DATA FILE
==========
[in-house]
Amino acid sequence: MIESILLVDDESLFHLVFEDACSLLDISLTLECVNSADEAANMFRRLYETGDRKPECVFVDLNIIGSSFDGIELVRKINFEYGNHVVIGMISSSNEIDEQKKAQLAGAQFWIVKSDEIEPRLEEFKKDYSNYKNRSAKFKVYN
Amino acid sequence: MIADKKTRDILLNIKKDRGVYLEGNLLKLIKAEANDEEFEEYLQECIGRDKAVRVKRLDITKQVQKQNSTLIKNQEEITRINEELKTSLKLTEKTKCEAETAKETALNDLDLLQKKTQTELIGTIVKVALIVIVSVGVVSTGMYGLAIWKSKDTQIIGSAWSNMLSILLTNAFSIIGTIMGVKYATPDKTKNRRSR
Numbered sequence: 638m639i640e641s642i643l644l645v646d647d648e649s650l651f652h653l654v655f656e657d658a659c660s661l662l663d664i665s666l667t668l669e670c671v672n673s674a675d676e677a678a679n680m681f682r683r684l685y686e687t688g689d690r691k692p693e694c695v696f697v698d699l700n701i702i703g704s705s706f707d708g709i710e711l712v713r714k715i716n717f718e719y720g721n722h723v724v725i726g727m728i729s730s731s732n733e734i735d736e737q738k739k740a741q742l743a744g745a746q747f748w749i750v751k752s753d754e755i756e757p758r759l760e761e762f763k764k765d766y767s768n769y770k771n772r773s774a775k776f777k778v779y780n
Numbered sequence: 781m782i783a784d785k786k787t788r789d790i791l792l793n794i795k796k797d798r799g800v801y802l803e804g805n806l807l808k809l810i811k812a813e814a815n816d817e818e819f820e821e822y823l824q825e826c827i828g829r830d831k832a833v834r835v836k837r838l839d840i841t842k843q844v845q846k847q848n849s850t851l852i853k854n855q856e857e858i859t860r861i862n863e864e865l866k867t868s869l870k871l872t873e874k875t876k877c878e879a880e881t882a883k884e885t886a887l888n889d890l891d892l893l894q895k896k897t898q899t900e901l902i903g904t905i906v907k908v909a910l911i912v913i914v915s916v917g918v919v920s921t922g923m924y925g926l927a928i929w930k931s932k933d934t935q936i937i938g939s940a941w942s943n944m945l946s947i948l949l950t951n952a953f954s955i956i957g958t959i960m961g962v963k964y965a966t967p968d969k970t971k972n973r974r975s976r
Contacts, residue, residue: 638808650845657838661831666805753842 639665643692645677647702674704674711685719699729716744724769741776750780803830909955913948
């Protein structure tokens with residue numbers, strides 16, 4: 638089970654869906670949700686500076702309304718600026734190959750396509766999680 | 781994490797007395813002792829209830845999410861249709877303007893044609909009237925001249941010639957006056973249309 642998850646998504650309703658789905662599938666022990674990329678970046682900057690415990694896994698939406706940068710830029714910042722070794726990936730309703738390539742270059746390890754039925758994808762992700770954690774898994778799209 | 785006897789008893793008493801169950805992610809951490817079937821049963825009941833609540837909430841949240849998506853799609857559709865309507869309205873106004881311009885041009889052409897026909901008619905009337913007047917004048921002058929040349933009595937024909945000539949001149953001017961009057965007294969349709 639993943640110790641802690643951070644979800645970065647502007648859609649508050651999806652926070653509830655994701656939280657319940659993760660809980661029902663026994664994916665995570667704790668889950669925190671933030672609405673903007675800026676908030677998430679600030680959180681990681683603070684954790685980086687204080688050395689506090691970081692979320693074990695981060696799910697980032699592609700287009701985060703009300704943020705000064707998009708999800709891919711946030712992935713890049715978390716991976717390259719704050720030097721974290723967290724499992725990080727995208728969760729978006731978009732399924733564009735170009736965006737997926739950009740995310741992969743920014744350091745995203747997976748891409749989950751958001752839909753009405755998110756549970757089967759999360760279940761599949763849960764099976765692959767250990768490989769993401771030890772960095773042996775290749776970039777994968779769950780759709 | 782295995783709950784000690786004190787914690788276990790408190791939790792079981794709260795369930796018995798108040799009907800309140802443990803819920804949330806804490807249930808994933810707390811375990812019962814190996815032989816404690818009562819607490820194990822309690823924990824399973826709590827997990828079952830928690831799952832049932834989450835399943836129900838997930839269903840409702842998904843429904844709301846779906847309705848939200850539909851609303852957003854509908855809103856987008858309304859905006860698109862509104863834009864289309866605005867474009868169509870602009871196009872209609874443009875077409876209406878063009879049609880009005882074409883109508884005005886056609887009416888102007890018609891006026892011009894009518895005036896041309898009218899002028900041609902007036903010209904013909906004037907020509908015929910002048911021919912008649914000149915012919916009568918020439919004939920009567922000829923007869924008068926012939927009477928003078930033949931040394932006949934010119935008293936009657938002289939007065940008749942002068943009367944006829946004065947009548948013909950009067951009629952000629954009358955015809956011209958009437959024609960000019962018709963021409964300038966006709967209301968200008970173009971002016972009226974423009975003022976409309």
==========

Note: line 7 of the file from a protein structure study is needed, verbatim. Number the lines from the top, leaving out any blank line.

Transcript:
């Protein structure tokens with residue numbers, strides 16, 4: 638089970654869906670949700686500076702309304718600026734190959750396509766999680 | 781994490797007395813002792829209830845999410861249709877303007893044609909009237925001249941010639957006056973249309 642998850646998504650309703658789905662599938666022990674990329678970046682900057690415990694896994698939406706940068710830029714910042722070794726990936730309703738390539742270059746390890754039925758994808762992700770954690774898994778799209 | 785006897789008893793008493801169950805992610809951490817079937821049963825009941833609540837909430841949240849998506853799609857559709865309507869309205873106004881311009885041009889052409897026909901008619905009337913007047917004048921002058929040349933009595937024909945000539949001149953001017961009057965007294969349709 639993943640110790641802690643951070644979800645970065647502007648859609649508050651999806652926070653509830655994701656939280657319940659993760660809980661029902663026994664994916665995570667704790668889950669925190671933030672609405673903007675800026676908030677998430679600030680959180681990681683603070684954790685980086687204080688050395689506090691970081692979320693074990695981060696799910697980032699592609700287009701985060703009300704943020705000064707998009708999800709891919711946030712992935713890049715978390716991976717390259719704050720030097721974290723967290724499992725990080727995208728969760729978006731978009732399924733564009735170009736965006737997926739950009740995310741992969743920014744350091745995203747997976748891409749989950751958001752839909753009405755998110756549970757089967759999360760279940761599949763849960764099976765692959767250990768490989769993401771030890772960095773042996775290749776970039777994968779769950780759709 | 782295995783709950784000690786004190787914690788276990790408190791939790792079981794709260795369930796018995798108040799009907800309140802443990803819920804949330806804490807249930808994933810707390811375990812019962814190996815032989816404690818009562819607490820194990822309690823924990824399973826709590827997990828079952830928690831799952832049932834989450835399943836129900838997930839269903840409702842998904843429904844709301846779906847309705848939200850539909851609303852957003854509908855809103856987008858309304859905006860698109862509104863834009864289309866605005867474009868169509870602009871196009872209609874443009875077409876209406878063009879049609880009005882074409883109508884005005886056609887009416888102007890018609891006026892011009894009518895005036896041309898009218899002028900041609902007036903010209904013909906004037907020509908015929910002048911021919912008649914000149915012919916009568918020439919004939920009567922000829923007869924008068926012939927009477928003078930033949931040394932006949934010119935008293936009657938002289939007065940008749942002068943009367944006829946004065947009548948013909950009067951009629952000629954009358955015809956011209958009437959024609960000019962018709963021409964300038966006709967209301968200008970173009971002016972009226974423009975003022976409309």